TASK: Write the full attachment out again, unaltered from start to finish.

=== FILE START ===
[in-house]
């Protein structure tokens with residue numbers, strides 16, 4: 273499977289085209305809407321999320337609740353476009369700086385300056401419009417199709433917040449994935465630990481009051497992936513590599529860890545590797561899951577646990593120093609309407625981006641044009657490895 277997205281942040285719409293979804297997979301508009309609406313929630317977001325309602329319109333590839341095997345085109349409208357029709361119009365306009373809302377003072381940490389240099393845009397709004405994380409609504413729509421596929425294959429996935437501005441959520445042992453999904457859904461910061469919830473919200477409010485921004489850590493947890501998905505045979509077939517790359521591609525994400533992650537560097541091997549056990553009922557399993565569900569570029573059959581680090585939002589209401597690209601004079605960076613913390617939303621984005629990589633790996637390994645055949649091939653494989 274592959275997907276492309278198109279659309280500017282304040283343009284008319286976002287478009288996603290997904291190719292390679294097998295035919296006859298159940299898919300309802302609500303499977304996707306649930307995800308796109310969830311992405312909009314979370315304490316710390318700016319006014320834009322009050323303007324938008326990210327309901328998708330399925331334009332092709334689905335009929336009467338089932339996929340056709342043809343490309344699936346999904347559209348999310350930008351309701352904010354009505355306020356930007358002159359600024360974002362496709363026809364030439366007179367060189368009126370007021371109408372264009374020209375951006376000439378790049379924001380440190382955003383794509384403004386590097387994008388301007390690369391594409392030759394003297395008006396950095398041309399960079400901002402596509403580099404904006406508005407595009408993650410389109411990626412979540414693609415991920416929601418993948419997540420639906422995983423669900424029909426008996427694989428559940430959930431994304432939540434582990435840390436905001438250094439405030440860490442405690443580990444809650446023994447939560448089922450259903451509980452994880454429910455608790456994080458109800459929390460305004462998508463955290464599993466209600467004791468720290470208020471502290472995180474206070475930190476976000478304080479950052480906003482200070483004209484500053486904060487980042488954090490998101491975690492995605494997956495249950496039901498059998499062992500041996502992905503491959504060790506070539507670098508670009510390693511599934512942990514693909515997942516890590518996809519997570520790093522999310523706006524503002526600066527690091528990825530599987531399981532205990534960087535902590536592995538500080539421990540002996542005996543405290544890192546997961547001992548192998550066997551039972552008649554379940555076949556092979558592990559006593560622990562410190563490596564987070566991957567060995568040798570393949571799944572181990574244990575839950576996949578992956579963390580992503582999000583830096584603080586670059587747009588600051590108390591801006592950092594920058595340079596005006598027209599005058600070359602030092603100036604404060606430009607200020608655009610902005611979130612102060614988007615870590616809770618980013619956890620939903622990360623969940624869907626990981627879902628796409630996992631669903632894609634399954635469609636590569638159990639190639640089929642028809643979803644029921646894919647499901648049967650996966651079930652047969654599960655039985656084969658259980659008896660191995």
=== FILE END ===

[in-house]
């Protein structure tokens with residue numbers, strides 16, 4: 273499977289085209305809407321999320337609740353476009369700086385300056401419009417199709433917040449994935465630990481009051497992936513590599529860890545590797561899951577646990593120093609309407625981006641044009657490895 277997205281942040285719409293979804297997979301508009309609406313929630317977001325309602329319109333590839341095997345085109349409208357029709361119009365306009373809302377003072381940490389240099393845009397709004405994380409609504413729509421596929425294959429996935437501005441959520445042992453999904457859904461910061469919830473919200477409010485921004489850590493947890501998905505045979509077939517790359521591609525994400533992650537560097541091997549056990553009922557399993565569900569570029573059959581680090585939002589209401597690209601004079605960076613913390617939303621984005629990589633790996637390994645055949649091939653494989 274592959275997907276492309278198109279659309280500017282304040283343009284008319286976002287478009288996603290997904291190719292390679294097998295035919296006859298159940299898919300309802302609500303499977304996707306649930307995800308796109310969830311992405312909009314979370315304490316710390318700016319006014320834009322009050323303007324938008326990210327309901328998708330399925331334009332092709334689905335009929336009467338089932339996929340056709342043809343490309344699936346999904347559209348999310350930008351309701352904010354009505355306020356930007358002159359600024360974002362496709363026809364030439366007179367060189368009126370007021371109408372264009374020209375951006376000439378790049379924001380440190382955003383794509384403004386590097387994008388301007390690369391594409392030759394003297395008006396950095398041309399960079400901002402596509403580099404904006406508005407595009408993650410389109411990626412979540414693609415991920416929601418993948419997540420639906422995983423669900424029909426008996427694989428559940430959930431994304432939540434582990435840390436905001438250094439405030440860490442405690443580990444809650446023994447939560448089922450259903451509980452994880454429910455608790456994080458109800459929390460305004462998508463955290464599993466209600467004791468720290470208020471502290472995180474206070475930190476976000478304080479950052480906003482200070483004209484500053486904060487980042488954090490998101491975690492995605494997956495249950496039901498059998499062992500041996502992905503491959504060790506070539507670098508670009510390693511599934512942990514693909515997942516890590518996809519997570520790093522999310523706006524503002526600066527690091528990825530599987531399981532205990534960087535902590536592995538500080539421990540002996542005996543405290544890192546997961547001992548192998550066997551039972552008649554379940555076949556092979558592990559006593560622990562410190563490596564987070566991957567060995568040798570393949571799944572181990574244990575839950576996949578992956579963390580992503582999000583830096584603080586670059587747009588600051590108390591801006592950092594920058595340079596005006598027209599005058600070359602030092603100036604404060606430009607200020608655009610902005611979130612102060614988007615870590616809770618980013619956890620939903622990360623969940624869907626990981627879902628796409630996992631669903632894609634399954635469609636590569638159990639190639640089929642028809643979803644029921646894919647499901648049967650996966651079930652047969654599960655039985656084969658259980659008896660191995």